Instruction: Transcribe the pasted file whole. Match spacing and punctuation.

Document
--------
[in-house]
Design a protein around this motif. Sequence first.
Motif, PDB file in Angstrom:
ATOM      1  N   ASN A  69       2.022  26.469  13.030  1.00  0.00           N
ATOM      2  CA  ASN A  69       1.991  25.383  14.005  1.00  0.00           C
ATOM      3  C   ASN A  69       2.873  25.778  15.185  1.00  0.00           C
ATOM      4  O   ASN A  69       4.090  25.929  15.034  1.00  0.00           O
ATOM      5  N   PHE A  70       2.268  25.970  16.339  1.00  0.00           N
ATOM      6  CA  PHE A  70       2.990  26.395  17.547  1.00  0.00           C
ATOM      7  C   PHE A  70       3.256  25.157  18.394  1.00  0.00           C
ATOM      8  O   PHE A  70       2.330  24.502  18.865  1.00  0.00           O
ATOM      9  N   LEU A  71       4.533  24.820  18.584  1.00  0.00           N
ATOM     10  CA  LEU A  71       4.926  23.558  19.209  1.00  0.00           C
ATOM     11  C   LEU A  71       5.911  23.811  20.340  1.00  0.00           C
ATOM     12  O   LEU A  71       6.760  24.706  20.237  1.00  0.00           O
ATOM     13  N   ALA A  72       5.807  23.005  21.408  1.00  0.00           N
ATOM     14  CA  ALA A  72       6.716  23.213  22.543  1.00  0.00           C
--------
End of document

[in-house]
Design a protein around this motif. Sequence first.
Motif, PDB file in Angstrom:
ATOM      1  N   ASN A  69       2.022  26.469  13.030  1.00  0.00           N
ATOM      2  CA  ASN A  69       1.991  25.383  14.005  1.00  0.00           C
ATOM      3  C   ASN A  69       2.873  25.778  15.185  1.00  0.00           C
ATOM      4  O   ASN A  69       4.090  25.929  15.034  1.00  0.00           O
ATOM      5  N   PHE A  70       2.268  25.970  16.339  1.00  0.00           N
ATOM      6  CA  PHE A  70       2.990  26.395  17.547  1.00  0.00           C
ATOM      7  C   PHE A  70       3.256  25.157  18.394  1.00  0.00           C
ATOM      8  O   PHE A  70       2.330  24.502  18.865  1.00  0.00           O
ATOM      9  N   LEU A  71       4.533  24.820  18.584  1.00  0.00           N
ATOM     10  CA  LEU A  71       4.926  23.558  19.209  1.00  0.00           C
ATOM     11  C   LEU A  71       5.911  23.811  20.340  1.00  0.00           C
ATOM     12  O   LEU A  71       6.760  24.706  20.237  1.00  0.00           O
ATOM     13  N   ALA A  72       5.807  23.005  21.408  1.00  0.00           N
ATOM     14  CA  ALA A  72       6.716  23.213  22.543  1.00  0.00           C